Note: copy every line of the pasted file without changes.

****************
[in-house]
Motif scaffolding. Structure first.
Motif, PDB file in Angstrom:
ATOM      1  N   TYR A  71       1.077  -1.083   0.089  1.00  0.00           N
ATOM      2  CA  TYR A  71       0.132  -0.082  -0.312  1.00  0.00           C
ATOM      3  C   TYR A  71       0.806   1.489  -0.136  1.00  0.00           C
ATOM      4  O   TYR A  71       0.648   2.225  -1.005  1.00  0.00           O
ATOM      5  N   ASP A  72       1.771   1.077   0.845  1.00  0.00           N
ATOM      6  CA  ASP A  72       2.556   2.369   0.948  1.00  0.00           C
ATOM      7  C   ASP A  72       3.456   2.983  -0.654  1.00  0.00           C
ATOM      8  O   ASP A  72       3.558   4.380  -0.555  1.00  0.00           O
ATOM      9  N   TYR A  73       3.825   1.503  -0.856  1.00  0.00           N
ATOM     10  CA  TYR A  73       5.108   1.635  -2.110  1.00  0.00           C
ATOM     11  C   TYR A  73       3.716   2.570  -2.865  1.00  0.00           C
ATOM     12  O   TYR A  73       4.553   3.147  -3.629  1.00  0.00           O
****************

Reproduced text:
[in-house]
Motif scaffolding. Structure first.
Motif, PDB file in Angstrom:
ATOM      1  N   TYR A  71       1.077  -1.083   0.089  1.00  0.00           N
ATOM      2  CA  TYR A  71       0.132  -0.082  -0.312  1.00  0.00           C
ATOM      3  C   TYR A  71       0.806   1.489  -0.136  1.00  0.00           C
ATOM      4  O   TYR A  71       0.648   2.225  -1.005  1.00  0.00           O
ATOM      5  N   ASP A  72       1.771   1.077   0.845  1.00  0.00           N
ATOM      6  CA  ASP A  72       2.556   2.369   0.948  1.00  0.00           C
ATOM      7  C   ASP A  72       3.456   2.983  -0.654  1.00  0.00           C
ATOM      8  O   ASP A  72       3.558   4.380  -0.555  1.00  0.00           O
ATOM      9  N   TYR A  73       3.825   1.503  -0.856  1.00  0.00           N
ATOM     10  CA  TYR A  73       5.108   1.635  -2.110  1.00  0.00           C
ATOM     11  C   TYR A  73       3.716   2.570  -2.865  1.00  0.00           C
ATOM     12  O   TYR A  73       4.553   3.147  -3.629  1.00  0.00           O